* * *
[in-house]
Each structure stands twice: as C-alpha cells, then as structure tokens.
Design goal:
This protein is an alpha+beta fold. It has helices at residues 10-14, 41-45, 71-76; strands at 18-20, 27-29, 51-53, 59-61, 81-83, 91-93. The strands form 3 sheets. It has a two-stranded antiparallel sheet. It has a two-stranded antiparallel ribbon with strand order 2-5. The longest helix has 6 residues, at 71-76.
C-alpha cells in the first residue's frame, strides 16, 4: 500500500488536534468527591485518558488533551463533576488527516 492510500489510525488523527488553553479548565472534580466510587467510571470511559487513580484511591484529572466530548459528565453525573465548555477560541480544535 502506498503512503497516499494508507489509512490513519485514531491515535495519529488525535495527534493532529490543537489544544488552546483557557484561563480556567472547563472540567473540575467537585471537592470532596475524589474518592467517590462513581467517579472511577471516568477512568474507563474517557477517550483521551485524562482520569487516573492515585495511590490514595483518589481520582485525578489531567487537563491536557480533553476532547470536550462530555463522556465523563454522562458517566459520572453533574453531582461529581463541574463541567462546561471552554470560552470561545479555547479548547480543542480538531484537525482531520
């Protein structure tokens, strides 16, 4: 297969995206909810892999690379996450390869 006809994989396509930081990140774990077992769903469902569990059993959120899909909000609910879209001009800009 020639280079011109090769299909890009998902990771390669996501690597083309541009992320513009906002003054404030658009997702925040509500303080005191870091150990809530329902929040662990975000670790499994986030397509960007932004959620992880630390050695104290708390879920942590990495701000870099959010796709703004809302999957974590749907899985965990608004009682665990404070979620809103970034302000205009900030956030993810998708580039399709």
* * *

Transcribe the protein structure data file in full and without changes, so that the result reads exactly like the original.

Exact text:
[in-house]
Each structure stands twice: as C-alpha cells, then as structure tokens.
Design goal:
This protein is an alpha+beta fold. It has helices at residues 10-14, 41-45, 71-76; strands at 18-20, 27-29, 51-53, 59-61, 81-83, 91-93. The strands form 3 sheets. It has a two-stranded antiparallel sheet. It has a two-stranded antiparallel ribbon with strand order 2-5. The longest helix has 6 residues, at 71-76.
C-alpha cells in the first residue's frame, strides 16, 4: 500500500488536534468527591485518558488533551463533576488527516 492510500489510525488523527488553553479548565472534580466510587467510571470511559487513580484511591484529572466530548459528565453525573465548555477560541480544535 502506498503512503497516499494508507489509512490513519485514531491515535495519529488525535495527534493532529490543537489544544488552546483557557484561563480556567472547563472540567473540575467537585471537592470532596475524589474518592467517590462513581467517579472511577471516568477512568474507563474517557477517550483521551485524562482520569487516573492515585495511590490514595483518589481520582485525578489531567487537563491536557480533553476532547470536550462530555463522556465523563454522562458517566459520572453533574453531582461529581463541574463541567462546561471552554470560552470561545479555547479548547480543542480538531484537525482531520
């Protein structure tokens, strides 16, 4: 297969995206909810892999690379996450390869 006809994989396509930081990140774990077992769903469902569990059993959120899909909000609910879209001009800009 020639280079011109090769299909890009998902990771390669996501690597083309541009992320513009906002003054404030658009997702925040509500303080005191870091150990809530329902929040662990975000670790499994986030397509960007932004959620992880630390050695104290708390879920942590990495701000870099959010796709703004809302999957974590749907899985965990608004009682665990404070979620809103970034302000205009900030956030993810998708580039399709």